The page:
(HockeyStL) -- The Blues announced at a press conference on Wednesday that general manager Doug Armstrong has been signed to a five-year contract extension.
“We are thrilled to have Doug in St. Louis through the 2017-18 season and beyond,” said Blues Owner Tom Stillman. “He has been instrumental in returning the Blues to the top of the Central Division and was very deserving of the GM of the Year award. His vision in the draft process, and his prowess in the trade and free agent markets have positioned our organization to succeed well into the future.”
This season will be Armstrong’s third season as general manager of the Blues. Armstrong, 48, is the son of NHL Hall of Fame linesman Neil Armstrong. He has been with the Blues since July, 2010 when he replaced former General Manager and current Vice President of the team, Larry Pleau.
Pleau was the Blues general manager for 13 seasons. Before being named as the Blues general manager, Armstrong spent two seasons as the Blues Vice President of Player Personnel, as well as 17 seasons with the NHL’s Dallas Stars, six of which he was their General Manager. During his tenure as general manager of the Stars, Armstrong led the team to four playoff berths.
Armstrong’s first transaction as Blues’ General Manager was to acquire goaltender Jaroslav Halak from the Montreal Canadiens. Since then, Armstrong has had a hand in the acquisition of Jamie Langenbrunner, Kevin Shattenkirk, Brian Elliott, and Scott Nichol.
In the 2010-11 season, near the trade deadline, Armstrong made a blockbuster deal with the Colorado Avalanche, sending former number one overall pick, Erik Johsnon and veteran forward, Jay McClement, to the Avalanche in exchange for promising defenseman Kevin Shattenkirk and power forward Chris Stewart. However, Armstrong’s most powerful move came last fall when he fired Davis Payne 13 games into the season and hired Ken Hitchcock. The Blues responded to the change and rose to the top of the Western Conference, and won their first playoff series in a decade.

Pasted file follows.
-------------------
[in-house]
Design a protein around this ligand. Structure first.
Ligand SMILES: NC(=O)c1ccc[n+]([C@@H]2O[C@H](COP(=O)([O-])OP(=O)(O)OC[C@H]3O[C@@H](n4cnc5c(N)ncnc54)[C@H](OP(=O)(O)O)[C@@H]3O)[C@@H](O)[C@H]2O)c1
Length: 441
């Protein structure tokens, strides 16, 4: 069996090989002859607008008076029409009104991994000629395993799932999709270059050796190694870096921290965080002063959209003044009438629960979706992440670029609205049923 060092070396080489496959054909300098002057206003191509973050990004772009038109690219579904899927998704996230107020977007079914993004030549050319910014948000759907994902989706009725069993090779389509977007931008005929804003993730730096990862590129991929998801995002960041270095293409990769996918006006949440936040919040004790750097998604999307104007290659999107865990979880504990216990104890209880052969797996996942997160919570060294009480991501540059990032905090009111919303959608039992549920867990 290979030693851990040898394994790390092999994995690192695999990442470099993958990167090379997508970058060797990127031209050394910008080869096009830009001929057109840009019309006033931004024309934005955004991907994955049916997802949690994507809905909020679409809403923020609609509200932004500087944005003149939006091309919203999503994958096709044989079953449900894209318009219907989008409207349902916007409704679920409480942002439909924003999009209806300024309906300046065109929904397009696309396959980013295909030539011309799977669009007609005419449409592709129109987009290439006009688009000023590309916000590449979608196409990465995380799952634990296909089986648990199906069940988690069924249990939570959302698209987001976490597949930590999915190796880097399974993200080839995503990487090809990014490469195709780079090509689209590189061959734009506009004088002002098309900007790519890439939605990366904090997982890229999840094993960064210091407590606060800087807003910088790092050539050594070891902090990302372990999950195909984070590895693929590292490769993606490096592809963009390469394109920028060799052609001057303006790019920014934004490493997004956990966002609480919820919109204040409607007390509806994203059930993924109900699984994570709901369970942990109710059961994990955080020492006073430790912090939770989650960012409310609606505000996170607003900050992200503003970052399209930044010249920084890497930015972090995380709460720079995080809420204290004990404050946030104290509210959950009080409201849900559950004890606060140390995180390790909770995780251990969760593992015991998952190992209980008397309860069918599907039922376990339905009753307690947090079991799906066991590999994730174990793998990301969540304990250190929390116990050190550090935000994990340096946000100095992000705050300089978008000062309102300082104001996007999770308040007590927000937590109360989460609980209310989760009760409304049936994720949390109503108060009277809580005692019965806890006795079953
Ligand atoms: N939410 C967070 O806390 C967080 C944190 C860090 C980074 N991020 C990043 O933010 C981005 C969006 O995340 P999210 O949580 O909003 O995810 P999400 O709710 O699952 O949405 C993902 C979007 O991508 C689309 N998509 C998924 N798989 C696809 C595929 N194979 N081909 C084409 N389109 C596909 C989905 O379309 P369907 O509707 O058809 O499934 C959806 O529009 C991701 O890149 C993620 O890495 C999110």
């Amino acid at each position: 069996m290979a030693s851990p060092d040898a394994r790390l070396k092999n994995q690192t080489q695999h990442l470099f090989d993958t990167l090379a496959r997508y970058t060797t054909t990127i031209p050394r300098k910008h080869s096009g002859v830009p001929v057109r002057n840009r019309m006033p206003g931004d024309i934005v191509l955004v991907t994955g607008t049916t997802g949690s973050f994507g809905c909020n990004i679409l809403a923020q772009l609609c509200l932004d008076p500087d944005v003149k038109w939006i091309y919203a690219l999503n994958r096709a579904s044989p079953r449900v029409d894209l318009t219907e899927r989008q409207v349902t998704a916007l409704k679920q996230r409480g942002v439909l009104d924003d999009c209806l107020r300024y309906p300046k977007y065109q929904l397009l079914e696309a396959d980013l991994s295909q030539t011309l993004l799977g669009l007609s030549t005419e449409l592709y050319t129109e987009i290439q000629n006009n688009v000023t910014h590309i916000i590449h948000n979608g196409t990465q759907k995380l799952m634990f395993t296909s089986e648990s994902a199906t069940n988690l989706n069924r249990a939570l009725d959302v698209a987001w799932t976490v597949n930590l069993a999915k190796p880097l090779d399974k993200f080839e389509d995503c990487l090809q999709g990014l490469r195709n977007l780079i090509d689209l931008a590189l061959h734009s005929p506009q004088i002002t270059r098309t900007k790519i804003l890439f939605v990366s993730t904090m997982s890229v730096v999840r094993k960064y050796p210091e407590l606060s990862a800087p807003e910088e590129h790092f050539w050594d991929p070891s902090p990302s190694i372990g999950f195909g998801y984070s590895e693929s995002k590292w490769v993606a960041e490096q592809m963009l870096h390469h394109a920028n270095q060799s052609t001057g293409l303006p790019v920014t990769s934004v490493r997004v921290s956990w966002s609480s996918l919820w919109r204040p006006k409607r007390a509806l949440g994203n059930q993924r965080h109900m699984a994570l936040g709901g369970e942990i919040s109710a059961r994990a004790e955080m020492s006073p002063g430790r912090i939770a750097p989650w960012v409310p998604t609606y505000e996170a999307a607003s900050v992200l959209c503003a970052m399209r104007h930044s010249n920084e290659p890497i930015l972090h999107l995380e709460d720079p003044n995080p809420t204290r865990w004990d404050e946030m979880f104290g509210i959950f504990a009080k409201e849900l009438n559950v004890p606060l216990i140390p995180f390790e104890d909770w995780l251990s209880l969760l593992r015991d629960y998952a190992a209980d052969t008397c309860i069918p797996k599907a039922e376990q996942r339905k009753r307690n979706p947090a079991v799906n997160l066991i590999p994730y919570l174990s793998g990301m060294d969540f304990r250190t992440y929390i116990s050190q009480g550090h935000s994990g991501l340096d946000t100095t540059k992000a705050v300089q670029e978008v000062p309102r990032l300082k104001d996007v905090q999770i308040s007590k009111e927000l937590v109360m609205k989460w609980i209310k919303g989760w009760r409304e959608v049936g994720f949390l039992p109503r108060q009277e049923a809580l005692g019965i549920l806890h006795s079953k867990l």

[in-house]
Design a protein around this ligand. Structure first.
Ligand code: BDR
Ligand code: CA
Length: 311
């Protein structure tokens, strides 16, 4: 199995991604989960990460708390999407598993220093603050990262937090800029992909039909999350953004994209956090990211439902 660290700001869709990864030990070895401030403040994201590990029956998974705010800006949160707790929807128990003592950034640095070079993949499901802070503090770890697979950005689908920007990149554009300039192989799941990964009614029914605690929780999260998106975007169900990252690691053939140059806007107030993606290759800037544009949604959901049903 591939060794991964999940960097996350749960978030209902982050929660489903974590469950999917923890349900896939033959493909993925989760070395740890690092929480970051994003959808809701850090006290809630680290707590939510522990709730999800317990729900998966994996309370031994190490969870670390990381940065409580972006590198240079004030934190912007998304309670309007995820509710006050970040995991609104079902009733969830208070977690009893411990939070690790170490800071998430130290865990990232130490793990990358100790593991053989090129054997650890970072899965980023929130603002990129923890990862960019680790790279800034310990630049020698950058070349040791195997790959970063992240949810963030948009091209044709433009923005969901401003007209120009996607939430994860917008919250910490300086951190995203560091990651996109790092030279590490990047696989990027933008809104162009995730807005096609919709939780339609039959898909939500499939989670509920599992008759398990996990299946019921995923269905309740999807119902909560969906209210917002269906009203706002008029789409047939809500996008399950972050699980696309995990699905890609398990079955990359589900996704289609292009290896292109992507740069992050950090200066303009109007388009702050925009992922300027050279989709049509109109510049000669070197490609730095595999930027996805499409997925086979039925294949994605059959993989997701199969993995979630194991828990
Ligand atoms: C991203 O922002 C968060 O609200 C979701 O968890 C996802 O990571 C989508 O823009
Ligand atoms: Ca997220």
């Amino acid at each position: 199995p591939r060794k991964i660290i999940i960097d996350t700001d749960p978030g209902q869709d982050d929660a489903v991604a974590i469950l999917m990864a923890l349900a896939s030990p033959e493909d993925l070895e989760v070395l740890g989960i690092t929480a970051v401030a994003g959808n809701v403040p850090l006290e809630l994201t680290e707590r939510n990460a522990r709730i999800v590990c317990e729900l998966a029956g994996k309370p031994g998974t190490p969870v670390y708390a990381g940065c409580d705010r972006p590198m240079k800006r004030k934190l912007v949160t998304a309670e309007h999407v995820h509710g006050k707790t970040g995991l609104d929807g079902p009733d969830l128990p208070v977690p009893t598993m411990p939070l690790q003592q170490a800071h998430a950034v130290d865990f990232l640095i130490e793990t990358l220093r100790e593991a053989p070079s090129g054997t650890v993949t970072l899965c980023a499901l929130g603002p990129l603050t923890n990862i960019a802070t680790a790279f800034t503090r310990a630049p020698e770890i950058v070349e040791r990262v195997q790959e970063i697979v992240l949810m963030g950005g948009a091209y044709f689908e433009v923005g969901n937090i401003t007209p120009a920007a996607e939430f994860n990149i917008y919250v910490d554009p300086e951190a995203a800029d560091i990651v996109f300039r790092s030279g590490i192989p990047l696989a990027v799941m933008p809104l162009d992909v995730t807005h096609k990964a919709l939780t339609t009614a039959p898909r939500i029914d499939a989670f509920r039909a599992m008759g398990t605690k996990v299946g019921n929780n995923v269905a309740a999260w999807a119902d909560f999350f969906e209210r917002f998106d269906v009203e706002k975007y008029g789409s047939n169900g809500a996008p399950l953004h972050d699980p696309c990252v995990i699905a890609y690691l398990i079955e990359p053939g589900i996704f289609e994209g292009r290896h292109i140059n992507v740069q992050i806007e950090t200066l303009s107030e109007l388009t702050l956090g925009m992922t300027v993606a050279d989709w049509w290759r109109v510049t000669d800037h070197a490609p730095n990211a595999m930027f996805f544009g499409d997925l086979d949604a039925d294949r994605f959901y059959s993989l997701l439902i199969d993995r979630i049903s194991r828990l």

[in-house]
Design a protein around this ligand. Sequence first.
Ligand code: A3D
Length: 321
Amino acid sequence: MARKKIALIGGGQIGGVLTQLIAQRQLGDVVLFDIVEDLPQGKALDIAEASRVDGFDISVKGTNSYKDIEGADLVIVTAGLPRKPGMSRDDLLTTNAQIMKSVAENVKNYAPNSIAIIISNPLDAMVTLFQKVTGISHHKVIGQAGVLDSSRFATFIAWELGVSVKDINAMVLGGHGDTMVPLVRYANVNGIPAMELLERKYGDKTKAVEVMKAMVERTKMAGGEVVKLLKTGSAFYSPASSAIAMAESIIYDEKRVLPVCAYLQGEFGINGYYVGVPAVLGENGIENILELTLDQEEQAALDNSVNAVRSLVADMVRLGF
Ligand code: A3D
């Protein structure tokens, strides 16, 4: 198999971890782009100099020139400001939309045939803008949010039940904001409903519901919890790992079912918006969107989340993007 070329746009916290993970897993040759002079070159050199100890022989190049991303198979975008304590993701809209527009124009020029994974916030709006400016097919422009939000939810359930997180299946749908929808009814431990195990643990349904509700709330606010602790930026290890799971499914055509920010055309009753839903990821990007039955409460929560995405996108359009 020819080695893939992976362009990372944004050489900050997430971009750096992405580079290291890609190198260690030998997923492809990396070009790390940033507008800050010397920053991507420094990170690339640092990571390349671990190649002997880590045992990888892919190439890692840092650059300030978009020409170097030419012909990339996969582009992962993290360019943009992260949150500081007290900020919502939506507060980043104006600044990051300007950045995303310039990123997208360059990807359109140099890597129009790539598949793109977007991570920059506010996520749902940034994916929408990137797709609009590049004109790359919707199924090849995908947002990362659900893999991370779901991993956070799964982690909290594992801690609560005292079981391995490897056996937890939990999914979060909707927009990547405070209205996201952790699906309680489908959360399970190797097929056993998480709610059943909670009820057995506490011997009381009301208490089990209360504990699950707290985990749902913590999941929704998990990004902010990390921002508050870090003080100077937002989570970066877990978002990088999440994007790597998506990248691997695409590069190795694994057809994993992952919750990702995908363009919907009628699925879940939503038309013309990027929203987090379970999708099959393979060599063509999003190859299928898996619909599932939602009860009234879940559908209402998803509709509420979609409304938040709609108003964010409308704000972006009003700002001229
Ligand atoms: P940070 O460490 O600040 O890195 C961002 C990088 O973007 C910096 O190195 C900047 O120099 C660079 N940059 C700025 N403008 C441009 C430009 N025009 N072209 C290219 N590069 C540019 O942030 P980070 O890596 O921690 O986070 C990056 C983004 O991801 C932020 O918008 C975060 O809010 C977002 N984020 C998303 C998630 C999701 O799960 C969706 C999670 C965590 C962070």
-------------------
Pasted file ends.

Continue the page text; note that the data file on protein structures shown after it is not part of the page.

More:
At the end of the 2011-12 season, Armstrong was named GM of the year at the NHL’s annual awards show in June after the Blues secured a playoff berth for the first time since the 2008-09 season.
The Blues, who are coming off of 109-point season, are primed for another winning campaign. They return with only a few changes to their roster and with expectations as high as ever. Armstrong has played a huge role in the team’s success, rebuilding the team despite restrictions financially in past years under former owner Dave Checketts.
Armstrong has been praised for his efficiency with money when signing players. The highest paid player on the Blues’ roster is Andy McDonald, who is set to make $4.7 million for the 2012-13 season. David Backes is making just under that at $4.5 million.
Recently, Armstrong was able to lock up wingers T.J. Oshie (five-year contract) and David Perron (four-year contract).
The Blues’ payroll sits in the lower third of the NHL. The Blues have only $54,882,994 devoted to player salaries which puts them over $12 million below the top spending NHL team.
The Blues will see their payroll increase considerably in 2013 as Andy McDonald, Chris Stewart, Alex Pietrangelo, Patrik Berglund, and Kevin Shattenkirk are all in the final year of their current contracts. Armstrong though thinks he will be able to offer enough money to bring back anyone he wants to return.
“That’s going to be the goal but we understand the economics of the NHL and we don’t shy away from that,” said Armstrong. “Finances will never be a reason why we don’t reach our goals here.”
The team cut ties with team president John Davidson this past offseason. Davidson was largely responsible for acquiring the Blues’ young talent, but Armstrong became largely involved in transactions when he came aboard in 2010. The Blues elected to leave Davidson’s former position vacant, giving Armstrong the majority of the power on the hockey side of things.
In two seasons with the Blues, Armstrong has put together a record of 87-55-22. He had 190 wins with Dallas in his six-year tenure as their General Manager.